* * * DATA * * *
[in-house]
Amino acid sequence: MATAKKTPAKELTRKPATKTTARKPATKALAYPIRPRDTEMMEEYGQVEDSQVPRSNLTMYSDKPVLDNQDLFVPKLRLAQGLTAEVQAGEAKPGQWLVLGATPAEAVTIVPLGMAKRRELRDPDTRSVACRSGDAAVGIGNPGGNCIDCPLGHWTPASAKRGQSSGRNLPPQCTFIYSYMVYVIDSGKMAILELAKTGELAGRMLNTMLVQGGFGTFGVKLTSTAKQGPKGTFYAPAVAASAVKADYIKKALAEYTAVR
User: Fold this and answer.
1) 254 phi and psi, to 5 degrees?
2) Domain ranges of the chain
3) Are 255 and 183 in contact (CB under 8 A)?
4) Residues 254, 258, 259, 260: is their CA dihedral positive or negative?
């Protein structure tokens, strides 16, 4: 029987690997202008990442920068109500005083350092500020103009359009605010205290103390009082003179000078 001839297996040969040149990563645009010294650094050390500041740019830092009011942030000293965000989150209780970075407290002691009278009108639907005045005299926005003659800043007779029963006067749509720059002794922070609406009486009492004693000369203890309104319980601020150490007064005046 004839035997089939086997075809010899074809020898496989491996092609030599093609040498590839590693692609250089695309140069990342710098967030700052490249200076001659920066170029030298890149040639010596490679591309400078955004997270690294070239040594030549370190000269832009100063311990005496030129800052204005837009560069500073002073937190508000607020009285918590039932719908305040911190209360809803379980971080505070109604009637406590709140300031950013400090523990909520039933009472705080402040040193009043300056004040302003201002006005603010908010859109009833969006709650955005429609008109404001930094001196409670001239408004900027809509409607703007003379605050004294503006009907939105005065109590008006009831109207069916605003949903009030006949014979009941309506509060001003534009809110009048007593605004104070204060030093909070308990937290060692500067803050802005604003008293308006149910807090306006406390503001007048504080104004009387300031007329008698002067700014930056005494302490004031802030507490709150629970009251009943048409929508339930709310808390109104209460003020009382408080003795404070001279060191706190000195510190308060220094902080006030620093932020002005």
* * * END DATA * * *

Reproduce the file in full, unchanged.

[in-house]
Amino acid sequence: MATAKKTPAKELTRKPATKTTARKPATKALAYPIRPRDTEMMEEYGQVEDSQVPRSNLTMYSDKPVLDNQDLFVPKLRLAQGLTAEVQAGEAKPGQWLVLGATPAEAVTIVPLGMAKRRELRDPDTRSVACRSGDAAVGIGNPGGNCIDCPLGHWTPASAKRGQSSGRNLPPQCTFIYSYMVYVIDSGKMAILELAKTGELAGRMLNTMLVQGGFGTFGVKLTSTAKQGPKGTFYAPAVAASAVKADYIKKALAEYTAVR
User: Fold this and answer.
1) 254 phi and psi, to 5 degrees?
2) Domain ranges of the chain
3) Are 255 and 183 in contact (CB under 8 A)?
4) Residues 254, 258, 259, 260: is their CA dihedral positive or negative?
């Protein structure tokens, strides 16, 4: 029987690997202008990442920068109500005083350092500020103009359009605010205290103390009082003179000078 001839297996040969040149990563645009010294650094050390500041740019830092009011942030000293965000989150209780970075407290002691009278009108639907005045005299926005003659800043007779029963006067749509720059002794922070609406009486009492004693000369203890309104319980601020150490007064005046 004839035997089939086997075809010899074809020898496989491996092609030599093609040498590839590693692609250089695309140069990342710098967030700052490249200076001659920066170029030298890149040639010596490679591309400078955004997270690294070239040594030549370190000269832009100063311990005496030129800052204005837009560069500073002073937190508000607020009285918590039932719908305040911190209360809803379980971080505070109604009637406590709140300031950013400090523990909520039933009472705080402040040193009043300056004040302003201002006005603010908010859109009833969006709650955005429609008109404001930094001196409670001239408004900027809509409607703007003379605050004294503006009907939105005065109590008006009831109207069916605003949903009030006949014979009941309506509060001003534009809110009048007593605004104070204060030093909070308990937290060692500067803050802005604003008293308006149910807090306006406390503001007048504080104004009387300031007329008698002067700014930056005494302490004031802030507490709150629970009251009943048409929508339930709310808390109104209460003020009382408080003795404070001279060191706190000195510190308060220094902080006030620093932020002005």